International Space Station: Twenty Years of Continuous Human Presence

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Right: The view from cosmonaut Sergey Ryazanskiy’s helmet camera shows cosmonaut Oleg Kotov waving the Olympic torch outside the International Space Station in the first Olympic torch handoff to take place during a spacewalk. Right, below: NASA astronaut Greg Chamitoff, Expedition 17 flight engineer, ponders his next move as he plays a game of chess in the Harmony node of the International Space Station in 2008. During his time on the station, Chamitoff played against an elementary school chess team in the first match between a


player in space and an earthbound opponent.

while in orbit, completing the 26.2-mile race on a space station treadmill called TVIS, for Treadmill Vibration Isolation System. Williams finished the run in four hours, 23 minutes, and 10 seconds, and circled the Earth nearly three times in the course of the race. It was space vs. Earth in a chess match for the ages. In 2008, astronaut Greg Chamitoff, using a Velcro chessboard, took on an elementary school chess team that would pick potential moves that people could vote for online. The winning move would be Earth’s play, and then Chamitoff would respond. Chamitoff conceded defeat after team Earth turned its pawn into a queen. Ten years later, NASA astronauts Drew Feustel and Ricky Arnold teamed up to defeat fellow NASA astronaut Serena Auñón-Chancellor and European Space Agency astronaut Alexander Gerst in the first microgravity tennis match in space. The competitors used tiny tennis racquets and a tennis ball that was not allowed to bounce around lest it hurt any equipment. The match was projected live onto the Unisphere globe at the site of the New York World’s Fair (1964-65), next to where the U.S. Open is played.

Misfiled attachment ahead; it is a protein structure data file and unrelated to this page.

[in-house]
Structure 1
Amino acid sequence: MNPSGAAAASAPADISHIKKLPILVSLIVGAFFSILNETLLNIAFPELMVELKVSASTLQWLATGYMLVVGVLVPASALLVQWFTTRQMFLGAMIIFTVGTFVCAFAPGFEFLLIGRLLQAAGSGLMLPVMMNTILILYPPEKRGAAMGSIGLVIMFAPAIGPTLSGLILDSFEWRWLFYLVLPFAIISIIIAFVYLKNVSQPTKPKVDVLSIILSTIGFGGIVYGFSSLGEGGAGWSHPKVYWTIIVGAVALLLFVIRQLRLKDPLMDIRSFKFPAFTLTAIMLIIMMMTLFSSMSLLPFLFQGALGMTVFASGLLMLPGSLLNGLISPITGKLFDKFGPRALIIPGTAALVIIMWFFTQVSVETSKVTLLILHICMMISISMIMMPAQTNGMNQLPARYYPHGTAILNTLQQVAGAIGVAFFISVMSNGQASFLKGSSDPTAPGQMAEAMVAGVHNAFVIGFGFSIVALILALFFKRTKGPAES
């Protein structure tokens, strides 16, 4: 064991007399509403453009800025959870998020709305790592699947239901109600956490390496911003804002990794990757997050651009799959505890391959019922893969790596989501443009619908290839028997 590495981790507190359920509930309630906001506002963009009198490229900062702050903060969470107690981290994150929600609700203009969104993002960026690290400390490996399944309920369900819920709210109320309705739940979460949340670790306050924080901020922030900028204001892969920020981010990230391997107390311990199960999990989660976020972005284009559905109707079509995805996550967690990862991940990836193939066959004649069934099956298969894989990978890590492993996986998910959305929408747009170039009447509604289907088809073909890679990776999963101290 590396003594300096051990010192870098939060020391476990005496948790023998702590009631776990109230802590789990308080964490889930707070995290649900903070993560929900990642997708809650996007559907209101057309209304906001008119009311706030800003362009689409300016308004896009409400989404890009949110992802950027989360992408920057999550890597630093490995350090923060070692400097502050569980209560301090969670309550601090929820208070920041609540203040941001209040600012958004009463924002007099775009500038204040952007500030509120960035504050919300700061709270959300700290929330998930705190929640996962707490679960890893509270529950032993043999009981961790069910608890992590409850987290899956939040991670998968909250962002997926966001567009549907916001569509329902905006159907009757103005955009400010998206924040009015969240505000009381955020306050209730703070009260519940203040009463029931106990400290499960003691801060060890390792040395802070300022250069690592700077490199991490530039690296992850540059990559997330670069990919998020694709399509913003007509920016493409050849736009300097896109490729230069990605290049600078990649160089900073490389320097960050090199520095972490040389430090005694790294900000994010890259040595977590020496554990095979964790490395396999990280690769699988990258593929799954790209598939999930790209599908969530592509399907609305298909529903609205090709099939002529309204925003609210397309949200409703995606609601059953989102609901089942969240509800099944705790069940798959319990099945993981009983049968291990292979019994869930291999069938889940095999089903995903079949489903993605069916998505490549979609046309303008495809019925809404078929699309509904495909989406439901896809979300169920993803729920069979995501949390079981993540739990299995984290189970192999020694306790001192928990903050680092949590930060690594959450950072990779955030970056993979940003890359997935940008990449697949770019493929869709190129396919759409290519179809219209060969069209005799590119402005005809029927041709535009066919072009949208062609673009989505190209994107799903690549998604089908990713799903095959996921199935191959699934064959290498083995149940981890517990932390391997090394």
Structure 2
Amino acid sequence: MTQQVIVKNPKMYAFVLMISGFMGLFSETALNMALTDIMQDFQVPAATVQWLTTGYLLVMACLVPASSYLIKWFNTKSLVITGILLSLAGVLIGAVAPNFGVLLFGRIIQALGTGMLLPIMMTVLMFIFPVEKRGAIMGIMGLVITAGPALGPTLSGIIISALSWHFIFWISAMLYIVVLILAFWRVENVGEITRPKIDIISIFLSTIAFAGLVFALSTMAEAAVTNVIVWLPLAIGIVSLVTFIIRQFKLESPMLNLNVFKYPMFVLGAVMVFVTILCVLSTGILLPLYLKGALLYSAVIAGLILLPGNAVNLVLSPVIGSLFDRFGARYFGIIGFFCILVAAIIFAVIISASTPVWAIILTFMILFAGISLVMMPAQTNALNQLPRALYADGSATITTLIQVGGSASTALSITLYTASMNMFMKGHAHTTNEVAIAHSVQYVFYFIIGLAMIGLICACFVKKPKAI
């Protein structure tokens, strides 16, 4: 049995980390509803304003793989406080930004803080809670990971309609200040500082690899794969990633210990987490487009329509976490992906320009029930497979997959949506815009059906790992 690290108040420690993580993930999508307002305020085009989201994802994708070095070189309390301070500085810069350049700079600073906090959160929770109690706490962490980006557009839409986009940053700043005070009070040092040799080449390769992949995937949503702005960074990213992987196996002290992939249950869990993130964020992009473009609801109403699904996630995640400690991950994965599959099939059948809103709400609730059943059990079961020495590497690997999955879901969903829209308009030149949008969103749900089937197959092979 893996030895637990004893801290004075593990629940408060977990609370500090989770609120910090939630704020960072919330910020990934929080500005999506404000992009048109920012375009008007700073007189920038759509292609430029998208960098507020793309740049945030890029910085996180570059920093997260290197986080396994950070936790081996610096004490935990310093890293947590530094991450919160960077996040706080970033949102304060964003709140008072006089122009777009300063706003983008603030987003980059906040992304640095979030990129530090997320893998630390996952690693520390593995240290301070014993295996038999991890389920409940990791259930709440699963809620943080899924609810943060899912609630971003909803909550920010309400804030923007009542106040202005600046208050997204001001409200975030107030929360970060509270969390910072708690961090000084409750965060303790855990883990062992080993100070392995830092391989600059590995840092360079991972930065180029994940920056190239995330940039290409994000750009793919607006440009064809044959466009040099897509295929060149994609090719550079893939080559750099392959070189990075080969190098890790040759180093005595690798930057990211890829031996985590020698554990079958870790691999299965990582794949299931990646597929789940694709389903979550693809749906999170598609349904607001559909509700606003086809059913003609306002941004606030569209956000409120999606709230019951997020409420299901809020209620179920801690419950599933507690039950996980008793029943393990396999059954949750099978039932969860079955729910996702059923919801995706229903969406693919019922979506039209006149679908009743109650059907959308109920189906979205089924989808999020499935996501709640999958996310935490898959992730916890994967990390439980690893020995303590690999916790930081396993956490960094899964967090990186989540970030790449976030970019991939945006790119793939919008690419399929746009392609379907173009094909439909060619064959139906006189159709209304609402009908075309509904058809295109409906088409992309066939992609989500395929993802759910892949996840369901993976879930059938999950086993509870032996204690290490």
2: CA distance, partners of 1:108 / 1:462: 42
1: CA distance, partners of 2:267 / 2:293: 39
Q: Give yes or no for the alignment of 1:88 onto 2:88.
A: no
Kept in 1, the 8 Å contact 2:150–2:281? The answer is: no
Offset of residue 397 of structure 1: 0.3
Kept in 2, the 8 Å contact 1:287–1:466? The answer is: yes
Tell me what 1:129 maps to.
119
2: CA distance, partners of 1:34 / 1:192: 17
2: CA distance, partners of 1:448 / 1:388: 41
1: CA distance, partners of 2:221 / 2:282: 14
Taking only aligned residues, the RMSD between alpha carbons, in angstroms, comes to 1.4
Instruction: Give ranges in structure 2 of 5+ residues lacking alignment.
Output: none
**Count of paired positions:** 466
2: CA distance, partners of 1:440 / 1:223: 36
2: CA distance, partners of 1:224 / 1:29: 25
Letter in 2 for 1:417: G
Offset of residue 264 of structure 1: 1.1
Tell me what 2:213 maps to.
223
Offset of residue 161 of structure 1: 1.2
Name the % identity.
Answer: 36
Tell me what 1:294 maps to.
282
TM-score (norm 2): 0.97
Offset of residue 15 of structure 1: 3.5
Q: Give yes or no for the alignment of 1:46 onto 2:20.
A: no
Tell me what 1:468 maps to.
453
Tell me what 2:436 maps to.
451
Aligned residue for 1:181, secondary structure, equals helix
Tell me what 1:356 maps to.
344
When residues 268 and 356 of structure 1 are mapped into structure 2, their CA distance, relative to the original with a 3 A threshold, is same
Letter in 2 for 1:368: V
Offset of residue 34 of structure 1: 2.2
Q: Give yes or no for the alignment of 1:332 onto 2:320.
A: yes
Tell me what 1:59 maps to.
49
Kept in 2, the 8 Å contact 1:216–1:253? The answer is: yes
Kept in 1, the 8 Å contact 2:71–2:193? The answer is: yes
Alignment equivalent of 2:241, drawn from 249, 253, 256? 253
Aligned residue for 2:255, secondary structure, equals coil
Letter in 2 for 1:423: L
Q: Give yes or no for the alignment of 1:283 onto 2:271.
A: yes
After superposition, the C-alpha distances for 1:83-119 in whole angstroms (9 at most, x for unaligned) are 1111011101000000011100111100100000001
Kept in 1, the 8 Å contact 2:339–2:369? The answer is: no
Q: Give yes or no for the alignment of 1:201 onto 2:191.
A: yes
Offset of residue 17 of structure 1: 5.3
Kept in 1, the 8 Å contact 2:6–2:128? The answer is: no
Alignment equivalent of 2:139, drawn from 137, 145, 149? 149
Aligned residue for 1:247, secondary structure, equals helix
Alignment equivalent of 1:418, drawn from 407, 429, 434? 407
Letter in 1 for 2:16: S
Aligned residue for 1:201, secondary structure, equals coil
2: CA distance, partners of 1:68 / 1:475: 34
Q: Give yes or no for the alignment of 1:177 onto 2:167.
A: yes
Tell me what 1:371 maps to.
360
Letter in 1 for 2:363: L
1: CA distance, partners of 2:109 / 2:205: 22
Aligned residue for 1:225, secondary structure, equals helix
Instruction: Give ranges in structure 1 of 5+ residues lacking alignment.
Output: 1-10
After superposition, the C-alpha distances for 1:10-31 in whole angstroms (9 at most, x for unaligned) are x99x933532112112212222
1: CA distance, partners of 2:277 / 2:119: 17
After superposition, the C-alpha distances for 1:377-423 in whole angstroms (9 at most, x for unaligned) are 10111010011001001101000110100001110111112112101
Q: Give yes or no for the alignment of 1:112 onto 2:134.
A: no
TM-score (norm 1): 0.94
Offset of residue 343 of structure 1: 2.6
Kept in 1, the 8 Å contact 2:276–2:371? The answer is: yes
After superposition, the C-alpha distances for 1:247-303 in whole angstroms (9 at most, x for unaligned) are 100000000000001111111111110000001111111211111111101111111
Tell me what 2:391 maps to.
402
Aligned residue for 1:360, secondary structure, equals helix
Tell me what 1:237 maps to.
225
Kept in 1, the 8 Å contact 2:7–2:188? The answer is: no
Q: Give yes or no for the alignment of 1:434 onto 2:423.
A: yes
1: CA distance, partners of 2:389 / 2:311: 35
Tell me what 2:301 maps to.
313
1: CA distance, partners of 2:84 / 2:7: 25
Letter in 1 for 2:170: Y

NASA photo

CONGRATULATIONS CLASS OF 2004 Back in 2004, when NASA Administrator Sean O’Keefe delivered commencement remarks for the University of North Dakota’s graduating seniors, UND contacts asked if O’Keefe’s speech could be complemented with live images from the Mars Curiosity rover. Instead, and even better, a downlink from the space station allowed a beaming astronaut Michael Fincke, along with cosmonaut Gennady Padalka, to send their congratulations to the newly minted graduates. Fincke spoke about enjoying the beauty of North Dakota’s rolling plains from space and his excitement about the world of possibility the orbiting laboratory and other scientific endeavors were opening for the millennial generation. These remarks were featured as the “First Extraterrestrial Graduation Address” in Vital Speeches of the Day.